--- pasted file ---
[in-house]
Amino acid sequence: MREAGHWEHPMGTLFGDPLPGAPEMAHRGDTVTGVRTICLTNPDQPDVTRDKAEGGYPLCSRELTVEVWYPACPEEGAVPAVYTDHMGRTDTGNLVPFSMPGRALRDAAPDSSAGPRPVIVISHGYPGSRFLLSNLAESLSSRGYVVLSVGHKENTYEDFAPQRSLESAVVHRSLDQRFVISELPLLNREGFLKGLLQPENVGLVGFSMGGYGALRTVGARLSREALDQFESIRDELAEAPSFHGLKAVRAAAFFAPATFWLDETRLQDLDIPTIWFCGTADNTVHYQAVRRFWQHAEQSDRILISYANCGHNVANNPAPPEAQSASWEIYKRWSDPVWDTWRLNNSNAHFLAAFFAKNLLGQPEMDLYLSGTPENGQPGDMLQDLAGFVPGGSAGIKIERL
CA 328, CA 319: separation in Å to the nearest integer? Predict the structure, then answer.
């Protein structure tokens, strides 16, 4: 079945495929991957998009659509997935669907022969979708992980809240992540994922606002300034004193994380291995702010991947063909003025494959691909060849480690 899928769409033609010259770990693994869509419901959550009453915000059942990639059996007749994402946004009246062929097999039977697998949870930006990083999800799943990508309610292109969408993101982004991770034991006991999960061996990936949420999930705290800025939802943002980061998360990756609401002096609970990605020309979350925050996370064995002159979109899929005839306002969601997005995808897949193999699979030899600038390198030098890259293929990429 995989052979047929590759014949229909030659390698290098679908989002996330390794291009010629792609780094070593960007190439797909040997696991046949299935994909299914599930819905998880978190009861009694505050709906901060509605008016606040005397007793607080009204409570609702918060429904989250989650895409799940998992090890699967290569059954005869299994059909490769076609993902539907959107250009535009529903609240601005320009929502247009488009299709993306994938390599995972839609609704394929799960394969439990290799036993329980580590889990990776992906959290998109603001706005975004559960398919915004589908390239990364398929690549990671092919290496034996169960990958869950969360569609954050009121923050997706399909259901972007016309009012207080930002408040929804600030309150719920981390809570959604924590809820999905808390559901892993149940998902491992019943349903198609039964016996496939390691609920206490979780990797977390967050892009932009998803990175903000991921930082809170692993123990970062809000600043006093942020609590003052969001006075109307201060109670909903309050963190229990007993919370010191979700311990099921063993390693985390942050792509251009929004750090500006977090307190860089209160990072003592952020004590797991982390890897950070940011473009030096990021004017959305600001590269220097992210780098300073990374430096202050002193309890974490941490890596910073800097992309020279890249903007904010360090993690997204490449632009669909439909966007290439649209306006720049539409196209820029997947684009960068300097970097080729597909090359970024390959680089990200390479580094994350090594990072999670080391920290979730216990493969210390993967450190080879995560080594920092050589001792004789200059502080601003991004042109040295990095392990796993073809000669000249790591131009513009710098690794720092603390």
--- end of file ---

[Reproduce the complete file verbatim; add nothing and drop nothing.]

[in-house]
Amino acid sequence: MREAGHWEHPMGTLFGDPLPGAPEMAHRGDTVTGVRTICLTNPDQPDVTRDKAEGGYPLCSRELTVEVWYPACPEEGAVPAVYTDHMGRTDTGNLVPFSMPGRALRDAAPDSSAGPRPVIVISHGYPGSRFLLSNLAESLSSRGYVVLSVGHKENTYEDFAPQRSLESAVVHRSLDQRFVISELPLLNREGFLKGLLQPENVGLVGFSMGGYGALRTVGARLSREALDQFESIRDELAEAPSFHGLKAVRAAAFFAPATFWLDETRLQDLDIPTIWFCGTADNTVHYQAVRRFWQHAEQSDRILISYANCGHNVANNPAPPEAQSASWEIYKRWSDPVWDTWRLNNSNAHFLAAFFAKNLLGQPEMDLYLSGTPENGQPGDMLQDLAGFVPGGSAGIKIERL
CA 328, CA 319: separation in Å to the nearest integer? Predict the structure, then answer.
């Protein structure tokens, strides 16, 4: 079945495929991957998009659509997935669907022969979708992980809240992540994922606002300034004193994380291995702010991947063909003025494959691909060849480690 899928769409033609010259770990693994869509419901959550009453915000059942990639059996007749994402946004009246062929097999039977697998949870930006990083999800799943990508309610292109969408993101982004991770034991006991999960061996990936949420999930705290800025939802943002980061998360990756609401002096609970990605020309979350925050996370064995002159979109899929005839306002969601997005995808897949193999699979030899600038390198030098890259293929990429 995989052979047929590759014949229909030659390698290098679908989002996330390794291009010629792609780094070593960007190439797909040997696991046949299935994909299914599930819905998880978190009861009694505050709906901060509605008016606040005397007793607080009204409570609702918060429904989250989650895409799940998992090890699967290569059954005869299994059909490769076609993902539907959107250009535009529903609240601005320009929502247009488009299709993306994938390599995972839609609704394929799960394969439990290799036993329980580590889990990776992906959290998109603001706005975004559960398919915004589908390239990364398929690549990671092919290496034996169960990958869950969360569609954050009121923050997706399909259901972007016309009012207080930002408040929804600030309150719920981390809570959604924590809820999905808390559901892993149940998902491992019943349903198609039964016996496939390691609920206490979780990797977390967050892009932009998803990175903000991921930082809170692993123990970062809000600043006093942020609590003052969001006075109307201060109670909903309050963190229990007993919370010191979700311990099921063993390693985390942050792509251009929004750090500006977090307190860089209160990072003592952020004590797991982390890897950070940011473009030096990021004017959305600001590269220097992210780098300073990374430096202050002193309890974490941490890596910073800097992309020279890249903007904010360090993690997204490449632009669909439909966007290439649209306006720049539409196209820029997947684009960068300097970097080729597909090359970024390959680089990200390479580094994350090594990072999670080391920290979730216990493969210390993967450190080879995560080594920092050589001792004789200059502080601003991004042109040295990095392990796993073809000669000249790591131009513009710098690794720092603390």